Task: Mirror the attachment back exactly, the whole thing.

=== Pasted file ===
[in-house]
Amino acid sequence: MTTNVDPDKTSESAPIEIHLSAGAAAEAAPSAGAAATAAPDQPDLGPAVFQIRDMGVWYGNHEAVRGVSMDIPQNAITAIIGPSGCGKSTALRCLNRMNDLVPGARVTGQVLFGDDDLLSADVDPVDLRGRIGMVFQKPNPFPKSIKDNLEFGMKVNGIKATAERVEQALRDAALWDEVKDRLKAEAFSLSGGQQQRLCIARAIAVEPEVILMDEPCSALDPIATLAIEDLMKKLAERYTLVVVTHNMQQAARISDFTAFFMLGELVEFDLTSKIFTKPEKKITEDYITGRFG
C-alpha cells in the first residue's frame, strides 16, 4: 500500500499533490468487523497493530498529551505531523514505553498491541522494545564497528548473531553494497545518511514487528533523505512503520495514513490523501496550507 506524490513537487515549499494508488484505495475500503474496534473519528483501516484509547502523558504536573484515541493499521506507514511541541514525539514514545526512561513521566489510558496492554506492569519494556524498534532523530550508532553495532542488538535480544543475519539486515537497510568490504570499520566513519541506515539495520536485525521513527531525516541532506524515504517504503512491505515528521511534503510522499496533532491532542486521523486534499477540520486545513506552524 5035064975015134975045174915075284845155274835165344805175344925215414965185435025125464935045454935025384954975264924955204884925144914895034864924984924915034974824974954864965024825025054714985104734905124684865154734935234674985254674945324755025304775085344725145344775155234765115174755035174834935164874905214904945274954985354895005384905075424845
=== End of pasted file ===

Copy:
[in-house]
Amino acid sequence: MTTNVDPDKTSESAPIEIHLSAGAAAEAAPSAGAAATAAPDQPDLGPAVFQIRDMGVWYGNHEAVRGVSMDIPQNAITAIIGPSGCGKSTALRCLNRMNDLVPGARVTGQVLFGDDDLLSADVDPVDLRGRIGMVFQKPNPFPKSIKDNLEFGMKVNGIKATAERVEQALRDAALWDEVKDRLKAEAFSLSGGQQQRLCIARAIAVEPEVILMDEPCSALDPIATLAIEDLMKKLAERYTLVVVTHNMQQAARISDFTAFFMLGELVEFDLTSKIFTKPEKKITEDYITGRFG
C-alpha cells in the first residue's frame, strides 16, 4: 500500500499533490468487523497493530498529551505531523514505553498491541522494545564497528548473531553494497545518511514487528533523505512503520495514513490523501496550507 506524490513537487515549499494508488484505495475500503474496534473519528483501516484509547502523558504536573484515541493499521506507514511541541514525539514514545526512561513521566489510558496492554506492569519494556524498534532523530550508532553495532542488538535480544543475519539486515537497510568490504570499520566513519541506515539495520536485525521513527531525516541532506524515504517504503512491505515528521511534503510522499496533532491532542486521523486534499477540520486545513506552524 5035064975015134975045174915075284845155274835165344805175344925215414965185435025125464935045454935025384954975264924955204884925144914895034864924984924915034974824974954864965024825025054714985104734905124684865154734935234674985254674945324755025304775085344725145344775155234765115174755035174834935164874905214904945274954985354895005384905075424845